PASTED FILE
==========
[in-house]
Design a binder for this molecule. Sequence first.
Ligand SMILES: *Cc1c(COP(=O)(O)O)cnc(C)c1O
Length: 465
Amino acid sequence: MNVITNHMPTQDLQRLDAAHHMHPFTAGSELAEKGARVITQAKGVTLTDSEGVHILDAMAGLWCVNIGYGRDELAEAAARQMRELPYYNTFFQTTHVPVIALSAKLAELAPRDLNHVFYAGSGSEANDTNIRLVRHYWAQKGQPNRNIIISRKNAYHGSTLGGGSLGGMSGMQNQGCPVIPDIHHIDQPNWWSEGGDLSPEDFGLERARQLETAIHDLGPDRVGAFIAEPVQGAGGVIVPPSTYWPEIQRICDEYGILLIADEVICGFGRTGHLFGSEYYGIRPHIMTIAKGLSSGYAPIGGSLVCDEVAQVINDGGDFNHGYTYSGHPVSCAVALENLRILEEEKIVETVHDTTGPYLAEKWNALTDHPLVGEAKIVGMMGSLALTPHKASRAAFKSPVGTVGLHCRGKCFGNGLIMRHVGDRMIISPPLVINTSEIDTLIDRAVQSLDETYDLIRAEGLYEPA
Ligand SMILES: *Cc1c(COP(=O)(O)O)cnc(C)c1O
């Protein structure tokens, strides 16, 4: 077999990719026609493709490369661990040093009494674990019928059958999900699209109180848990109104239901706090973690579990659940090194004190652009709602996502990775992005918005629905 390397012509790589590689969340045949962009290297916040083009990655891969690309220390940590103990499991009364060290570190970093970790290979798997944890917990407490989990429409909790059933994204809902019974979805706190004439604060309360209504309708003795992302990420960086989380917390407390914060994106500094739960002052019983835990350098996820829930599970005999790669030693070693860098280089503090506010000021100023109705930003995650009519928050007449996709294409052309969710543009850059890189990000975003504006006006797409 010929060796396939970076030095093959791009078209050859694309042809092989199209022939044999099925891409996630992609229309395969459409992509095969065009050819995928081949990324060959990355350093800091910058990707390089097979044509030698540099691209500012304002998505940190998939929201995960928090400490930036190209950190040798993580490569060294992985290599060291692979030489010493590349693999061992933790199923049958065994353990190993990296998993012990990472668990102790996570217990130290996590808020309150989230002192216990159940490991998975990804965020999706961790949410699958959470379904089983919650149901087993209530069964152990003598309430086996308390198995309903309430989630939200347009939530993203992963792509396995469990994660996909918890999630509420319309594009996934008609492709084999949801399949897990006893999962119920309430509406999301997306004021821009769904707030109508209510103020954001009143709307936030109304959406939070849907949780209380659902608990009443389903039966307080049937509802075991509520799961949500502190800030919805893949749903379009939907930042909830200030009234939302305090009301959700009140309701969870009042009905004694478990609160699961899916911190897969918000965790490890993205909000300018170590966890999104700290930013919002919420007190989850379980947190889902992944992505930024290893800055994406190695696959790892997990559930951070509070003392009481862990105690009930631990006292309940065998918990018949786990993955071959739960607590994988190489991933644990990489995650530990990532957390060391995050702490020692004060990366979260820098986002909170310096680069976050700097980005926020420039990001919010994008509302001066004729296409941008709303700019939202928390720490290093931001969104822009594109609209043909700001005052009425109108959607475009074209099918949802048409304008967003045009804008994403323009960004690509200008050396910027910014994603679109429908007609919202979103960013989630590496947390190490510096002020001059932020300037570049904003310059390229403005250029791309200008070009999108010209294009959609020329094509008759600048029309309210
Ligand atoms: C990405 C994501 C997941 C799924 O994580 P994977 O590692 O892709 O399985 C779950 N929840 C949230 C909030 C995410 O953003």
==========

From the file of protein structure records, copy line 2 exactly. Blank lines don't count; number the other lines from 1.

Design a binder for this molecule. Sequence first.